Foreclosure train is coming to a location near you.
May 22, 2008
| posted by:
Andrew C Maleski
There is one on my street. There is probably one around the corner from your house. Foreclosure disease is spreading fast, especially on the lower end of the housing market. The most affected areas are the ones that appreciated last and those where exotic loans were used to finance the purchases. California now leads the nation in the number of foreclosures. In April of this year 243,000 foreclosure notices were sent in our state.
The foreclosure train is now approaching more affluent neighborhoods. In our area including Los Feliz, Silver Lake, Echo Park and Atwater Village foreclosures account now for 10% of single family homes inventory and 5% of the closed sales. This number is expected to grow fast. All of foreclosures in our area are properties listed for sale under $600,000, and most of them are under $500,000. As of May 15, there were 285 properties in various stages of foreclosure in the 90026,90027,90029,90039 zip codes combined.
Every time you look at the property that has been repossessed by the lender, you see overgrown front lawn, neglected empty house, and always unhappy neighbors. No wonder foreclosures have negative impact on the property values in the immediate area. Weak economy, tightening credit, and plunging property values, make it hard for troubled homeowners to sell or refinance. Unfortunately thousands of them will end up loosing their homes in the near future.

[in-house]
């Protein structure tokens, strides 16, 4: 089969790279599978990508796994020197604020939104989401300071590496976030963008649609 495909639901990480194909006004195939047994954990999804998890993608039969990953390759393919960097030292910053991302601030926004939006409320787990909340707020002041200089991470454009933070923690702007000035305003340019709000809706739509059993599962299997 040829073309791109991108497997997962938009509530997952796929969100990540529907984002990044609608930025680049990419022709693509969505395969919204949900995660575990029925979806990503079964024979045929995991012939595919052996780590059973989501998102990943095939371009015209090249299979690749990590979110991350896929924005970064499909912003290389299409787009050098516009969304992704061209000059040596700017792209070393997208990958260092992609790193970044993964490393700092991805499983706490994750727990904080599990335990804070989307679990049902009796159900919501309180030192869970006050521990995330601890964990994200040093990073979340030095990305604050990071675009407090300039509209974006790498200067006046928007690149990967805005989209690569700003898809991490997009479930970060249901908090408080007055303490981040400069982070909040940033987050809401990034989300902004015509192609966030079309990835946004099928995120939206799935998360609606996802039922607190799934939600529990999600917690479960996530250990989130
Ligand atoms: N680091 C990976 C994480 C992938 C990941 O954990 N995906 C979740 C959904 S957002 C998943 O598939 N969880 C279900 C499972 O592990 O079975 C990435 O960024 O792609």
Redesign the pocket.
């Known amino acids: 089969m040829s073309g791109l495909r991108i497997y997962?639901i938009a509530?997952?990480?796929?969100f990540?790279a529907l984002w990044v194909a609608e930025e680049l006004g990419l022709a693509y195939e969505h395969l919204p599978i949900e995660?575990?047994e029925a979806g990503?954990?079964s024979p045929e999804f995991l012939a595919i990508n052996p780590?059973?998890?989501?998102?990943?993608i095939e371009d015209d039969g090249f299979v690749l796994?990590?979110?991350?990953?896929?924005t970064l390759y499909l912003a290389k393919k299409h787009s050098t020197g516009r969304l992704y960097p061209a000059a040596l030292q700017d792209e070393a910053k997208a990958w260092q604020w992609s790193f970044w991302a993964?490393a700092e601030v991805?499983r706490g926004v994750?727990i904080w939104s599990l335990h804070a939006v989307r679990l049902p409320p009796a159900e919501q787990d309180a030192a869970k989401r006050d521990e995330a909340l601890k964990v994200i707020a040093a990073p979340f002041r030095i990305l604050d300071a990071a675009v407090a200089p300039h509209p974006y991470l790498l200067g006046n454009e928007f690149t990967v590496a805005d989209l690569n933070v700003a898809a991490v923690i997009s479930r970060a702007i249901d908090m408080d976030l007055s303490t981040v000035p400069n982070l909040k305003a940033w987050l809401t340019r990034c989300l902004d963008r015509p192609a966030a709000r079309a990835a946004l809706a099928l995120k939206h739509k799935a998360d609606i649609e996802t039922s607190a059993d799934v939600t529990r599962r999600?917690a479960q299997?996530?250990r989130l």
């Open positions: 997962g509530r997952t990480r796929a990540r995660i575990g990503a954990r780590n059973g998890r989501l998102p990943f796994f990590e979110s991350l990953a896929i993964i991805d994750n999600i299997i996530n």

In 2004 I read an article titled "House of cards" in The Economist magazine. I copied that article and sent it to some of my clients. The author was painting a scary picture of imminent housing bubble. That bubble finally burst in the summer of last year. It has been a very fast decline from that point. We might be half way through it by now, but we are still far from the end. With the number of foreclosures growing fast, you can only expect more bad news from the housing market. I do not see any silver lining on the horizon. This trend will run its course, most likely over a period of two to three years. The good news is that homes will become more affordable again and at that point buyers will return to the market in big numbers.
Copyright Andrew C Maleski 2008. All rights reserved.